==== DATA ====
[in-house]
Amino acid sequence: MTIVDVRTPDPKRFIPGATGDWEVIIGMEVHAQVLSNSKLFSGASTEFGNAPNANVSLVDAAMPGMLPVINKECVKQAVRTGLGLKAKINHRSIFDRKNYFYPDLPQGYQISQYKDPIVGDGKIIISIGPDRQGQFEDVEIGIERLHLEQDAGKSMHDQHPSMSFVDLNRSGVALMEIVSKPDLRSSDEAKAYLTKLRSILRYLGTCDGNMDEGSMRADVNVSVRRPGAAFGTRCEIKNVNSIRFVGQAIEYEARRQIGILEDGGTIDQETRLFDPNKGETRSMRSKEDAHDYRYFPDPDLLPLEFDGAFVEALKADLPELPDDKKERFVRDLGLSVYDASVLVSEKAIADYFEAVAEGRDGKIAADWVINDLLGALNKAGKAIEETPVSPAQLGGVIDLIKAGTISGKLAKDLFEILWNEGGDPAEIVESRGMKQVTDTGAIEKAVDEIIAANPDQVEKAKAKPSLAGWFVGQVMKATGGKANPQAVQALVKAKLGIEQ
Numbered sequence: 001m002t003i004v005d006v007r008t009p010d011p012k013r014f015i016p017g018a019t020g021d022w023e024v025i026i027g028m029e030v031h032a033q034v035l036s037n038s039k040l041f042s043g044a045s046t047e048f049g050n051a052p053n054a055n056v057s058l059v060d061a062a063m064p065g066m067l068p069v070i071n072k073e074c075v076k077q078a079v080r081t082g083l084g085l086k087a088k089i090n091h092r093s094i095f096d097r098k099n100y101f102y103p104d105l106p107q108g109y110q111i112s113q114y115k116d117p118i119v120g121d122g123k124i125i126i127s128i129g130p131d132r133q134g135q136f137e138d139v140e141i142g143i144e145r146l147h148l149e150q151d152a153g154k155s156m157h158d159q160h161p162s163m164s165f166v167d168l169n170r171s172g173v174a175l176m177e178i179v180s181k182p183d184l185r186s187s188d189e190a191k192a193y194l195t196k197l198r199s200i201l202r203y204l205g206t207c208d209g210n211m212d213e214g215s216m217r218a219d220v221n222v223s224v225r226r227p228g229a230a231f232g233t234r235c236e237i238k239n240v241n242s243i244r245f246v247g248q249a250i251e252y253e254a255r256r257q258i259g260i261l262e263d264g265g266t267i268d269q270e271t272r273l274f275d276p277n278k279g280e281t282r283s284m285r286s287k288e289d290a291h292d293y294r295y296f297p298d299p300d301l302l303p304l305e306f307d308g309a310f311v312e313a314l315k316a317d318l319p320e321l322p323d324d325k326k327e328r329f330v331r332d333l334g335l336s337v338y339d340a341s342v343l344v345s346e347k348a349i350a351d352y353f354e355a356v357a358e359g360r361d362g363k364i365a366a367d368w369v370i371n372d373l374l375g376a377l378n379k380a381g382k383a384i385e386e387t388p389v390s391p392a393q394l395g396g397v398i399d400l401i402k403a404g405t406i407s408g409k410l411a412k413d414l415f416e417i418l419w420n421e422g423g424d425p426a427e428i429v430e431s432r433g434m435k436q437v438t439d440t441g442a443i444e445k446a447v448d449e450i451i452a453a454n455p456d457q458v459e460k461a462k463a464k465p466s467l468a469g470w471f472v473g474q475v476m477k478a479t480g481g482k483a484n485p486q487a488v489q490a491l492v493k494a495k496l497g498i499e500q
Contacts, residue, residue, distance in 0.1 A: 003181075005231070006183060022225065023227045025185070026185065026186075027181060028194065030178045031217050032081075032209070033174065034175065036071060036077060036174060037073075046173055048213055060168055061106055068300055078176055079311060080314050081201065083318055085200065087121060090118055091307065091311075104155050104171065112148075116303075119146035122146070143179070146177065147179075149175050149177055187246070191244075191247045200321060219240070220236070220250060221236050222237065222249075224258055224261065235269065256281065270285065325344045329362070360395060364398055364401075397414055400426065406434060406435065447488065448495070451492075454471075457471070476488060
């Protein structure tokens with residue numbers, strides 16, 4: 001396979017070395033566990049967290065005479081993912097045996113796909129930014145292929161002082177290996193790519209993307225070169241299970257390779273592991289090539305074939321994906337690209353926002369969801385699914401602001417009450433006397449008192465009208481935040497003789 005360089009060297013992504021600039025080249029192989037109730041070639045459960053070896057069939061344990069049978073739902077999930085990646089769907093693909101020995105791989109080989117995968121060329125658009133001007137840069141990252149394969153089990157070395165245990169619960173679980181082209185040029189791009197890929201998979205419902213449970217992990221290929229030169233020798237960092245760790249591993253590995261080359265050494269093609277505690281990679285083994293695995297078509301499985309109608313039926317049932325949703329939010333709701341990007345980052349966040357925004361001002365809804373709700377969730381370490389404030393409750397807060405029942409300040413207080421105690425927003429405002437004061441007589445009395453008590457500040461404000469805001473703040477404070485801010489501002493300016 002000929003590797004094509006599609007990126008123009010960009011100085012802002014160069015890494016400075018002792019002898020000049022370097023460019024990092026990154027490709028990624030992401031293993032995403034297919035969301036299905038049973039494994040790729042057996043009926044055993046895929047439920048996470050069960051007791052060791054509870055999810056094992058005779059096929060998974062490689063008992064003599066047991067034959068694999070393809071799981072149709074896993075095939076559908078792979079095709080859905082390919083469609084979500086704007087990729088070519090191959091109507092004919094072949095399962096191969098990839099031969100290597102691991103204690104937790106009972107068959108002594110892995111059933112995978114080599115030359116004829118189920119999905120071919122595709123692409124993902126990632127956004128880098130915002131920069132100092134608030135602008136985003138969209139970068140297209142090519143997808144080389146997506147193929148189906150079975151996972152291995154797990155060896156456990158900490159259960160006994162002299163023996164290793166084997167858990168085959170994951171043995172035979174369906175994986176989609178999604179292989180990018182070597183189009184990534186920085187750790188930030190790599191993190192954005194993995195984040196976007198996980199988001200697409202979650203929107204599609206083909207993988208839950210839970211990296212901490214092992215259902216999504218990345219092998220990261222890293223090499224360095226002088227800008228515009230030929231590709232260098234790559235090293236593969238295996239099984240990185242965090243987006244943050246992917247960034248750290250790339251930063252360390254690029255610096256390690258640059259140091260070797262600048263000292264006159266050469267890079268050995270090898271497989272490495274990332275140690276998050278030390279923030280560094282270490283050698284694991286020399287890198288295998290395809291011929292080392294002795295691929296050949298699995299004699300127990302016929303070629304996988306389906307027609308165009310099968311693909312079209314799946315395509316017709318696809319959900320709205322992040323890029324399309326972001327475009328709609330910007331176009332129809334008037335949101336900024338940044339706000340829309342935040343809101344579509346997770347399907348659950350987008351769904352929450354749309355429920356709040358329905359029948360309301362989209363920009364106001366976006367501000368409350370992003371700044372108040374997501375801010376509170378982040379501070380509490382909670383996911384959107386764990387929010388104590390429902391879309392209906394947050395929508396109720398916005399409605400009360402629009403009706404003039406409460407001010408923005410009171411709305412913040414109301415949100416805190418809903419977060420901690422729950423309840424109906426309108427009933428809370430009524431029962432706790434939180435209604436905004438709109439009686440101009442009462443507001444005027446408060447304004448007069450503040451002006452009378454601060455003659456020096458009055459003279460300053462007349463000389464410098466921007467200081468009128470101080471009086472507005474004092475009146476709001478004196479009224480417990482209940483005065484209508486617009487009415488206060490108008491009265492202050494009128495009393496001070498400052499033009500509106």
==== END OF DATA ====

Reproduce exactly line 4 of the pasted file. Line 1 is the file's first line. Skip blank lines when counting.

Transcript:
Contacts, residue, residue, distance in 0.1 A: 003181075005231070006183060022225065023227045025185070026185065026186075027181060028194065030178045031217050032081075032209070033174065034175065036071060036077060036174060037073075046173055048213055060168055061106055068300055078176055079311060080314050081201065083318055085200065087121060090118055091307065091311075104155050104171065112148075116303075119146035122146070143179070146177065147179075149175050149177055187246070191244075191247045200321060219240070220236070220250060221236050222237065222249075224258055224261065235269065256281065270285065325344045329362070360395060364398055364401075397414055400426065406434060406435065447488065448495070451492075454471075457471070476488060